Rishi Sunak’s expected decision to renege on targets for research and development spending will be a “kick in the teeth”, science and industry leaders have warned, as a pre-Budget spending battle raged.
Boris Johnson said in June he wanted to cement Britain’s position as a “science superpower”, a plan for the public sector to spend £22bn annually on R&D by 2024-5 was central to that objective.
But people close to discussions said on Thursday that commitments in the forthcoming spending review, part of the chancellor’s Budget next week, would not meet the 2024-5 target.
Scientific research organisations have warned that backtracking on the target date will jeopardise aims for the government’s levelling-up agenda, achieving net zero and will divert private investment needed to hit the broader target of overall R&D funding of 2.4 per cent of gross domestic product by 2027.
That later date is expected to be preserved although Greg Clark, Tory chair of the Commons science committee, noted that this was well beyond the date of the next general election.
“Failure to provide a clear path to £22bn will send a negative signal to business investors, which would be disastrous,” Sir Adrian Smith, president of the Royal Society, Britain’s national academy of sciences, said.
“After all the rhetoric about the UK as a scientific superpower, it would be a real kick in the teeth to not to honour the commitment.” Johnson this month promised to build a high productivity, high wage economy.
Science leaders promised a last-minute attempt to lobby the government to stick by its targets, with Smith due to meet Sunak alongside British Academy and Royal Academy of Engineering leaders on Friday.
But Sunak’s commitment to narrowing the deficit left little room for negotiations, said people close to the matter.
A person with knowledge of internal Treasury discussions said the 2024 target would be “dropped”, amid scepticism in the department that increasing research spending to £22bn would deliver promised economic benefits.
The Treasury issued a statement that omitted any reference to 2024. A spokesman said: “We remain committed to increasing public expenditure on R&D to £22 billion and are investing record amounts to secure the UK’s future as a global science superpower.”
Clark, a former business secretary, wrote to Johnson, Sunak and business secretary Kwasi Kwarteng, on Thursday to warn against “immensely damaging” cuts to the 2024-5 target.
Clark said it was “imperative to honour commitments made if the UK is to advance your intended ambition for the UK to be a science superpower”, and that reneging on them would undermine private sector confidence.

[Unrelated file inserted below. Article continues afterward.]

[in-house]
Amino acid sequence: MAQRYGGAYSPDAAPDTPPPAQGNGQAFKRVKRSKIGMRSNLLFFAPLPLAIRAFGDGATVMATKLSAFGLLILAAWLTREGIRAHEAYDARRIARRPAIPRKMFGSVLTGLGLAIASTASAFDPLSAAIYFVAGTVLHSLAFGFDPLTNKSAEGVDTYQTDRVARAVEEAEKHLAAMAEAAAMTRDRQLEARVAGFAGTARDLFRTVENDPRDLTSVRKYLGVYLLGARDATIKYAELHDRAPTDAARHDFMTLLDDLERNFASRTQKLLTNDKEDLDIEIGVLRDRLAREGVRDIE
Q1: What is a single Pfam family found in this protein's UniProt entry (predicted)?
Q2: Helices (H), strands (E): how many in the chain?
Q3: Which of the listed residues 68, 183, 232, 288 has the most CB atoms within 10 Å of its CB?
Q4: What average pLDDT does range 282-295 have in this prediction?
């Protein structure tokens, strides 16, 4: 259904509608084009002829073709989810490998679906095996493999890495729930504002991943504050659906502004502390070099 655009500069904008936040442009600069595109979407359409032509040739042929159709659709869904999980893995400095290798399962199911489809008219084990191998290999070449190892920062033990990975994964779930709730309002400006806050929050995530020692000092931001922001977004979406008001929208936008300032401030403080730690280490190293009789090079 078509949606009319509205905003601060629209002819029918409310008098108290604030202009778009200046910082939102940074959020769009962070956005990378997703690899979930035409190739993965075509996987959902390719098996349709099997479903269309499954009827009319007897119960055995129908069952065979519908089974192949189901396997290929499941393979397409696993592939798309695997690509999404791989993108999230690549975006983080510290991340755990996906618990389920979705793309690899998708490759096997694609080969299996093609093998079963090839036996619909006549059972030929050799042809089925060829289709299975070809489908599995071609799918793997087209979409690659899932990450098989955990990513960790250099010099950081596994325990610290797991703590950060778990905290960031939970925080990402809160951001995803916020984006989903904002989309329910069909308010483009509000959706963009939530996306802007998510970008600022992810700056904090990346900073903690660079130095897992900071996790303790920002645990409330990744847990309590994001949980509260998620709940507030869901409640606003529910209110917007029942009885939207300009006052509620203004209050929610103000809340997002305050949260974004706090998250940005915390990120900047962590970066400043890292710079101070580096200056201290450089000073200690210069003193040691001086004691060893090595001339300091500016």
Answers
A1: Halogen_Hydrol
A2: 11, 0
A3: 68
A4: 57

The £22bn target, pledged in the 2020 budget and innovation strategy, represents a significant increase from current R&D spending, which was £14.9bn this year.
Speaking at the Science and Technology Committee yesterday, chief executive of the Francis Crick Institute Sir Paul Nurse urged the government to “invest now”, warning money beyond the current parliament “will not have any effect”.
Sir Andrew Mackenzie, chair of UK Research and Innovation, told MPs the research community had been “given a very fair hearing” by the government. “I feel listened to,” he said. “I haven’t pussyfooted around.”
But Clark, in a separate letter to Mackenzie, said the science committee wanted him to engage in some potentially “challenging, robust and forensic discussions” to ensure commitments were met.
In a suggestion that MPs believed Mackenzie was not fighting hard enough for the cash, Clark added: “We were concerned by the implications of your statement to the committee that “I do want them to realise that I will be a loyal servant”.
Daniel Rathbone, assistant director of the Campaign for Science and Engineering, a lobby group, said a three-year delay in reaching the £22bn target could cost the UK over £11bn in private investment and the 2.4 per cent target.
One person briefed on the negotiations said the Treasury intended to include large amounts of spending related to reaching the net zero target in what remained of the research spending pledge, which is still expected to be significant.
“As much as ‘net zero’ spending as possible will be included,” the person added. “It will take in all departments and, there will be an expansive interpretation of what counts as ‘research’ spending.”